Game of Thrones came along and set fire to what TV executives thought made a successful drama series. Right from the off it felt like it was going to be a big show, and it developed into one of the most memorable series in the history of television. This is how Game of Thrones changed television.
Just in time
Game of Thrones came along at the right time as Netflix was just about to start dominating TV content. The fantasy show debuted in 2011 and instantly became a hit thanks to its unpredictability and lack of fear in taking out its stars. Sean Bean was the iconic Ned Stark, and he seemed to be the guy that all hopes would rest on as the series progressed.
Viewers were shocked that their hero’s head was on the block before the end of the first seasons, and they understood that no one could be trusted. People were hooked on Game of Thrones, but they were going to have to wait a year for the next season. Over the next few years, the TV landscape would be completely changed as ‘Thrones grew into the most-watched show in the world.
Changing the game
Game of Thrones was big, but it wasn’t just a big budget TV show, there was more to it than that. As things stand no show has ever won more Emmy awards than Game of Thrones, and it might even add to its collection at the next ceremony. We are now living in the streaming era and ‘Thrones was perhaps the last great ‘network’ show, even though a large percentage of its viewers watch it online.
Netflix came along and tried to introduce their own big-budget TV series in Marco Polo, which actually failed. Amazon has recently spent $200 million on the rights to the Lord of the Rings and is planning on bringing that to our screens in a series. The point is; TV networks are all looking for their own version of Game of Thrones and are having to spend serious amounts of cash in trying.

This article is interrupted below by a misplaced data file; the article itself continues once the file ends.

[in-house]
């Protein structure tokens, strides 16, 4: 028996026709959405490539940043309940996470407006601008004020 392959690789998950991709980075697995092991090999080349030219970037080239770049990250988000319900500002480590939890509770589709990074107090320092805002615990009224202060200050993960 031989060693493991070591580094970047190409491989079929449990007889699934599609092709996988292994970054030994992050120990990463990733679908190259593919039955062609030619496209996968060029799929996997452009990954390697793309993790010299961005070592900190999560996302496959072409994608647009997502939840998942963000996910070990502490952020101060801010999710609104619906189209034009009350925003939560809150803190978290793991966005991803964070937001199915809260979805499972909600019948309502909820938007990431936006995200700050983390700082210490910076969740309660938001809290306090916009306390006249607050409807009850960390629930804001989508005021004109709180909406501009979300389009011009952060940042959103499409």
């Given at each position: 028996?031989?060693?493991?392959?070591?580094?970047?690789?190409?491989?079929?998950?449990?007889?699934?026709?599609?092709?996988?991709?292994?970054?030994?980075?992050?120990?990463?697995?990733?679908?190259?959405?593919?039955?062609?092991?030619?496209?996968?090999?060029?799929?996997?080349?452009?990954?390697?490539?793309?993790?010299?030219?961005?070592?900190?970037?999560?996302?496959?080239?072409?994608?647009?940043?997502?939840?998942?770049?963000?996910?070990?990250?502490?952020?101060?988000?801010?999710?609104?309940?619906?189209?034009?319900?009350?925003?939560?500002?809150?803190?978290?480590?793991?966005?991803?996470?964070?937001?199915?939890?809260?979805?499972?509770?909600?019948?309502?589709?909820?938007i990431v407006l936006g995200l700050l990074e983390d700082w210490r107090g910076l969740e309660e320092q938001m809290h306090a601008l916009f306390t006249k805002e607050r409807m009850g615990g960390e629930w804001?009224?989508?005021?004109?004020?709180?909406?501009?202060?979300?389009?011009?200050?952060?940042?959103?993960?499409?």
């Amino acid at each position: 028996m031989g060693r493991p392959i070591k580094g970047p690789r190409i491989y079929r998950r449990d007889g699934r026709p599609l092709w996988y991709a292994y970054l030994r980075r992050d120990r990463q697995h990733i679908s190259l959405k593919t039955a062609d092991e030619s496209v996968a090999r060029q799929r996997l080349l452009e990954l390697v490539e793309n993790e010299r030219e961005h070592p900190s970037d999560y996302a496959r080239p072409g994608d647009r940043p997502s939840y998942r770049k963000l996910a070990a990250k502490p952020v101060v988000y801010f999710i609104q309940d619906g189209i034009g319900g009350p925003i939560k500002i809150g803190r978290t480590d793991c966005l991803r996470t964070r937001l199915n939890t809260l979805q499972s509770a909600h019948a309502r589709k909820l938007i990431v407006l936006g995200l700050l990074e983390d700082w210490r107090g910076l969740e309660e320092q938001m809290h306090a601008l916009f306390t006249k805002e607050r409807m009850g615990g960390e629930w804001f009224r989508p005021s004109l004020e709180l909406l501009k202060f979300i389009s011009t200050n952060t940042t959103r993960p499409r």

Trying to find that success
There is a problem for TV networks that try to emulate what Game of Thrones has done by throwing money at great sounding stories. If they are actively searching for the ‘next Game of Thrones’ it could be counterproductive. There was a huge amount of fan backlash toward the end of ‘Thrones as viewers felt it was very much style over substance.
To some extent, Game of Thrones could get away with moving away from what made it popular because people were already hooked on the show. New shows trying to entice viewers cannot afford to go big too soon or else people just won’t jump on board, just like Netflix’s failed series, Marco Polo.
Bigger is better
What Game of Thrones has done for the TV world is change the budgets involved. The show began with episodes costing around $5 million each and ended toward the $15 million mark. Studios are having to put more cash into their TV shows to make them feel more like movies than ever. Fans aren’t accepting their TV shows feeling ‘cheap,’ and they want the full movie-going experience, but in their homes, and over ten episodes. Netflix is expected to spend $10 billion on its TV shows this year alone, but those numbers wouldn’t have risen so high if it weren’t for Game of Thrones.
Game of Thrones is now the TV show that other networks, and HBO, will have to measure their future projects against. It sucked everyone in, and thanks to its huge budget, all of TV might just be getting better.